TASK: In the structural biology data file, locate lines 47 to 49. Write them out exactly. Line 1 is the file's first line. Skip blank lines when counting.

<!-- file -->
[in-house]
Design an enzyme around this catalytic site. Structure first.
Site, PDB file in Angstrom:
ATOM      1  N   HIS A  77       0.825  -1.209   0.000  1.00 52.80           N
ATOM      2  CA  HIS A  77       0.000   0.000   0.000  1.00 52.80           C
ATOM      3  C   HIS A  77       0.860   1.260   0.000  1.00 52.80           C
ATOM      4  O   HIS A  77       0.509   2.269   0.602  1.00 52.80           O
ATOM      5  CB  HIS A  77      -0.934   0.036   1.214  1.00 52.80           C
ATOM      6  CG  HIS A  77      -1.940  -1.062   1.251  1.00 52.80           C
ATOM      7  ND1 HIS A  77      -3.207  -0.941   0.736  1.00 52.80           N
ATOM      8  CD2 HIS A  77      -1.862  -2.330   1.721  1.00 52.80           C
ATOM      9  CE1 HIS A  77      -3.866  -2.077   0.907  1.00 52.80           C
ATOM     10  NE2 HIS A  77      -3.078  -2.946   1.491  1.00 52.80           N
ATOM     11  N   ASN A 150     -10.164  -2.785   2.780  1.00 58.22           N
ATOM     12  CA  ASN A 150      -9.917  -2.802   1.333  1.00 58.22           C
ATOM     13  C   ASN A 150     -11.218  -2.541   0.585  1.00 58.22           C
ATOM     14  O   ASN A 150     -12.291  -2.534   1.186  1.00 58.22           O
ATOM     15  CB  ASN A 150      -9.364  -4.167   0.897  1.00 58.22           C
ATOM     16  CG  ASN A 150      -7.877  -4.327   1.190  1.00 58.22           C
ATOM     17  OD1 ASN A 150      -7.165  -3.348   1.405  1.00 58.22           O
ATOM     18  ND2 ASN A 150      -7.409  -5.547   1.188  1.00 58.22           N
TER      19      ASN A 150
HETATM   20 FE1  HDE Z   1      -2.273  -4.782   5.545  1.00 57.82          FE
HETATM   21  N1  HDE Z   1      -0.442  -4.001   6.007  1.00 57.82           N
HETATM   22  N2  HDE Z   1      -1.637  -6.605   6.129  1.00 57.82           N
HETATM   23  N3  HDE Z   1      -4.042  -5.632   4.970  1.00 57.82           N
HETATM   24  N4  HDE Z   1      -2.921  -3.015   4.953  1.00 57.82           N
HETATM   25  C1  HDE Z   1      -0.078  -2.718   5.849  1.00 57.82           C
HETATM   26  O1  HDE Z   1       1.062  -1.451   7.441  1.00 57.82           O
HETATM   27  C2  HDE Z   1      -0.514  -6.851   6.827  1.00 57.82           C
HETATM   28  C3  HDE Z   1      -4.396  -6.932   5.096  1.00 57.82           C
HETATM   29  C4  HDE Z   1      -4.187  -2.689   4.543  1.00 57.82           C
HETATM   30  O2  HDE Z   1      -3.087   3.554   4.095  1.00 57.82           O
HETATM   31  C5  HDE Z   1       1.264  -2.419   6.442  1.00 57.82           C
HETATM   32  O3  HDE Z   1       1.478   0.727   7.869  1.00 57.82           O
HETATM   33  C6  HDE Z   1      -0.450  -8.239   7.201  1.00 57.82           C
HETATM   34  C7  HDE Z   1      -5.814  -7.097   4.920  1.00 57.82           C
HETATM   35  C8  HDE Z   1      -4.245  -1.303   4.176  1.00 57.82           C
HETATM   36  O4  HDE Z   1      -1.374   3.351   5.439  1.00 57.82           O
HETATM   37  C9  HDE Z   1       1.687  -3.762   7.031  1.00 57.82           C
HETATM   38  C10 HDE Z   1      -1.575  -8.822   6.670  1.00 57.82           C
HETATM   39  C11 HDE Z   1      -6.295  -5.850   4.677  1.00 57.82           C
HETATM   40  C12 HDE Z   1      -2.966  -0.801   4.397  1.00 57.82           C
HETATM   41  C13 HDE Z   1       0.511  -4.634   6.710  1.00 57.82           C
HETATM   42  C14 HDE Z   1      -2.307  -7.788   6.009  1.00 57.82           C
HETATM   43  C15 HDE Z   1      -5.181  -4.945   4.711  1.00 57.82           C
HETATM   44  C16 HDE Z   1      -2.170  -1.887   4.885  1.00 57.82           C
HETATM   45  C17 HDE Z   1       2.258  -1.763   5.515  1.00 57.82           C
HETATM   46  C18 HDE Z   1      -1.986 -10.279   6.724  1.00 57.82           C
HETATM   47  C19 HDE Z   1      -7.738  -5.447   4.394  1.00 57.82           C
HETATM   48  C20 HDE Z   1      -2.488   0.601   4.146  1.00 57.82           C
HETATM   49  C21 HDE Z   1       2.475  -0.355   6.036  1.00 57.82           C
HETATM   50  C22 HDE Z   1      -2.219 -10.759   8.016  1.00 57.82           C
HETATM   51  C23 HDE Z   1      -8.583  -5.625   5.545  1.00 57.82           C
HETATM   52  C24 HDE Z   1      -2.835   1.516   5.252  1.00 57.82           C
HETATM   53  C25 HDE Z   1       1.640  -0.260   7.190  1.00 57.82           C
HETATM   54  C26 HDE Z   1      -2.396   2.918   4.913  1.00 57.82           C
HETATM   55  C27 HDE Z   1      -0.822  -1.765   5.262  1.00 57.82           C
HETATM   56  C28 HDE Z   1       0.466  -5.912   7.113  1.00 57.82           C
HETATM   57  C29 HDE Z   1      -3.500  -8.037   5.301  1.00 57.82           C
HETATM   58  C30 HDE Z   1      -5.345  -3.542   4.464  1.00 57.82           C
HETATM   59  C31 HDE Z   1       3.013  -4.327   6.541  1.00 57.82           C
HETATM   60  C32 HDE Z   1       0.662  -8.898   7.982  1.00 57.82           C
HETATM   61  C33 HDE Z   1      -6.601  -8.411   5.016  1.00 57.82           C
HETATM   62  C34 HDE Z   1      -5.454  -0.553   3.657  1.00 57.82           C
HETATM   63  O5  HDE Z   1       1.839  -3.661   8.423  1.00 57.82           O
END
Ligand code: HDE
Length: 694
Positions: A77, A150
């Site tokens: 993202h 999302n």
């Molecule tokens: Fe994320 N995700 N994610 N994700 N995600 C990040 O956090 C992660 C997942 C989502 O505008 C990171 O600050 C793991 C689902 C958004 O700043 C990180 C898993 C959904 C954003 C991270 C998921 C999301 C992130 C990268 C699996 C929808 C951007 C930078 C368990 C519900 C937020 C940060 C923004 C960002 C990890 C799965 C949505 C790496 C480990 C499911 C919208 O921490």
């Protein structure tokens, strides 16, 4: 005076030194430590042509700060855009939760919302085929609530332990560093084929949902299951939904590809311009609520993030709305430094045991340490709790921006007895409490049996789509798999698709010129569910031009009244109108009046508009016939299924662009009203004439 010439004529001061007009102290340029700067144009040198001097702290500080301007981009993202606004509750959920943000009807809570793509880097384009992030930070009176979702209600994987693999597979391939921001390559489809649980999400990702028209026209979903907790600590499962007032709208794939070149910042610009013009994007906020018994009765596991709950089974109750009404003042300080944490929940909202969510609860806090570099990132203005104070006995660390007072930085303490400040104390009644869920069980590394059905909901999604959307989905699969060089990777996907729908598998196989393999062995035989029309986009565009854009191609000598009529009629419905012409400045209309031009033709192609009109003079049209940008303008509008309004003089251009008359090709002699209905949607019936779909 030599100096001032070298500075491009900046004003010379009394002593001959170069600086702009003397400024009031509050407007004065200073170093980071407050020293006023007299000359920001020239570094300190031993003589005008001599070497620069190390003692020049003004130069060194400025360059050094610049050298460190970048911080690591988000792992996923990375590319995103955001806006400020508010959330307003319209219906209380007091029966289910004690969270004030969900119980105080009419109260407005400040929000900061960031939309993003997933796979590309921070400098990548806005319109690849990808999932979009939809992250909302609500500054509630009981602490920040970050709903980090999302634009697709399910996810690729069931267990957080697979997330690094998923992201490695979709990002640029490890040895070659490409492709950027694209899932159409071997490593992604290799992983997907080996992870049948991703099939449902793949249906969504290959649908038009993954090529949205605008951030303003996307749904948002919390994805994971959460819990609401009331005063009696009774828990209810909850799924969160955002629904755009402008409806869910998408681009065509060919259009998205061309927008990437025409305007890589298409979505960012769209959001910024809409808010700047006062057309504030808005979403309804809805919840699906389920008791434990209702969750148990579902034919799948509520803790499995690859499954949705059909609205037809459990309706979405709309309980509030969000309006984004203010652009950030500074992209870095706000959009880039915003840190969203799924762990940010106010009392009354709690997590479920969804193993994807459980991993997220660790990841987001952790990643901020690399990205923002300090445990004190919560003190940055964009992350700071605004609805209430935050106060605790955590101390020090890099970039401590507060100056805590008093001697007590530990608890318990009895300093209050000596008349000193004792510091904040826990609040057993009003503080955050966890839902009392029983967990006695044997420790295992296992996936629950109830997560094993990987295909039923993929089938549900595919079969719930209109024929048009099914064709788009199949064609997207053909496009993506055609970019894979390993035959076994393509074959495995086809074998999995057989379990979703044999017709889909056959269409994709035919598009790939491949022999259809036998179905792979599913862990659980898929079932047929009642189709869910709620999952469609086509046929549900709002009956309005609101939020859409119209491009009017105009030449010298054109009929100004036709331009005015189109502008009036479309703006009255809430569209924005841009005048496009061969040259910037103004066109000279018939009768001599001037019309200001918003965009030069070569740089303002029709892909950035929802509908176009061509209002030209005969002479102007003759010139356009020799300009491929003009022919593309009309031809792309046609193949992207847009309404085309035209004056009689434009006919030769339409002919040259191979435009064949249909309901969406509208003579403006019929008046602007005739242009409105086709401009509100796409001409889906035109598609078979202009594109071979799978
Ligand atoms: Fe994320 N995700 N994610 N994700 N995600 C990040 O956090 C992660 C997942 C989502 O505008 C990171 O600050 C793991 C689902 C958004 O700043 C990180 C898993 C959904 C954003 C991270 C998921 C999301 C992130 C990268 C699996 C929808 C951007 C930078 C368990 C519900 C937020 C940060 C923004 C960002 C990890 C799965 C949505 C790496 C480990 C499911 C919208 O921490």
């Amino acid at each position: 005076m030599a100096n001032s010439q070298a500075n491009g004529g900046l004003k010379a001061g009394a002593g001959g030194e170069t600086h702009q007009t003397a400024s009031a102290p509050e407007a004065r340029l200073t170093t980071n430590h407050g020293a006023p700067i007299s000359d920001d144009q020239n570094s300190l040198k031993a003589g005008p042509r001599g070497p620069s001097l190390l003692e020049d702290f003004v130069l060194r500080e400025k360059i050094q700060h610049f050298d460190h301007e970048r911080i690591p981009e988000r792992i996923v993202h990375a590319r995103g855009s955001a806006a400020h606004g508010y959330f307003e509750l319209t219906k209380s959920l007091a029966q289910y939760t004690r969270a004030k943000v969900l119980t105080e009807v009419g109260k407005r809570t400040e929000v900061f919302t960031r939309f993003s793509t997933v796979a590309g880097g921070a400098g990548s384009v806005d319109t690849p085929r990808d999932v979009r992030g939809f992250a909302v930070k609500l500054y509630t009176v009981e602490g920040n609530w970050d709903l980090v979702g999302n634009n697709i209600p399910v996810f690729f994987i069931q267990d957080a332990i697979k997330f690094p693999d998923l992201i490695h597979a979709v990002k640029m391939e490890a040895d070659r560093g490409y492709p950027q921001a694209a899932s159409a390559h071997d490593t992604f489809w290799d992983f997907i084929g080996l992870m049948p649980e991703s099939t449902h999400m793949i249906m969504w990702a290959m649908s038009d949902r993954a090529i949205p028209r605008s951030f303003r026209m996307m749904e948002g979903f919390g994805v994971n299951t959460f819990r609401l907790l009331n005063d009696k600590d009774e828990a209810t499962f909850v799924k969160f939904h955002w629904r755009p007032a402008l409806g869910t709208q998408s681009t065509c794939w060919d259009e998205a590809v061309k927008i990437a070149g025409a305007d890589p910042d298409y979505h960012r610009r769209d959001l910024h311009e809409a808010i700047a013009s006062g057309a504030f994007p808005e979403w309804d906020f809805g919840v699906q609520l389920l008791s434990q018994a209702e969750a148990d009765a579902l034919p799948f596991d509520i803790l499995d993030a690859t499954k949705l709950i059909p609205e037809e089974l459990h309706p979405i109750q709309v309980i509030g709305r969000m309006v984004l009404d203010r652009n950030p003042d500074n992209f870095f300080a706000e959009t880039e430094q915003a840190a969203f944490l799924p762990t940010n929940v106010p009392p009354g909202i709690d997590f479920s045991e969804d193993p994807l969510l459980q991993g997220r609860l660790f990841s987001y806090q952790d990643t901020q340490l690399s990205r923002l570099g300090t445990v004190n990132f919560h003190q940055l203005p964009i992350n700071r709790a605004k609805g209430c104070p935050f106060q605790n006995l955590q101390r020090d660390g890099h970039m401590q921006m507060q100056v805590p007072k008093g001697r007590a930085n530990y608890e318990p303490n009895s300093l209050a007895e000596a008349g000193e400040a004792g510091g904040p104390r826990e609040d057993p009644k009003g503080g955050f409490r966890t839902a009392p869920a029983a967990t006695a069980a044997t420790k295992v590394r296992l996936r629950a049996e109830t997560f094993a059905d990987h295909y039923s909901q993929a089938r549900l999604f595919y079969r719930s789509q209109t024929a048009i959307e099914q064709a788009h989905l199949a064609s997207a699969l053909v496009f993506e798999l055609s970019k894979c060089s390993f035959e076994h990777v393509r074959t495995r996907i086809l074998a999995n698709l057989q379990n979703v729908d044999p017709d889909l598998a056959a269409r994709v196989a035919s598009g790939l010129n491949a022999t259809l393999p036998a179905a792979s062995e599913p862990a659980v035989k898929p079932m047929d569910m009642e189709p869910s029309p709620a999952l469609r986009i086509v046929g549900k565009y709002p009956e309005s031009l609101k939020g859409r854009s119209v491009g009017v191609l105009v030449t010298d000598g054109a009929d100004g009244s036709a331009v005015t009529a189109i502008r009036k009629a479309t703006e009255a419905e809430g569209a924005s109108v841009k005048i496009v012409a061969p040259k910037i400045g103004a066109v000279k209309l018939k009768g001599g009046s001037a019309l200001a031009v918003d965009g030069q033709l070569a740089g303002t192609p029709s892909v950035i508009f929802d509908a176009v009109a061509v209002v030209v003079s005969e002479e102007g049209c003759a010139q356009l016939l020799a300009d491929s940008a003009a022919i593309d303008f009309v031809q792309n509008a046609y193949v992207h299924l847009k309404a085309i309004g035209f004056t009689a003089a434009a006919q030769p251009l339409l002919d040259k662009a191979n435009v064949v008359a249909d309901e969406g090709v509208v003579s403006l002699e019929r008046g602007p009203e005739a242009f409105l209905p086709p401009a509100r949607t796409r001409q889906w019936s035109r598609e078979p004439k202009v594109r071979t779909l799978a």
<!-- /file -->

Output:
HETATM   44  C16 HDE Z   1      -2.170  -1.887   4.885  1.00 57.82           C
HETATM   45  C17 HDE Z   1       2.258  -1.763   5.515  1.00 57.82           C
HETATM   46  C18 HDE Z   1      -1.986 -10.279   6.724  1.00 57.82           C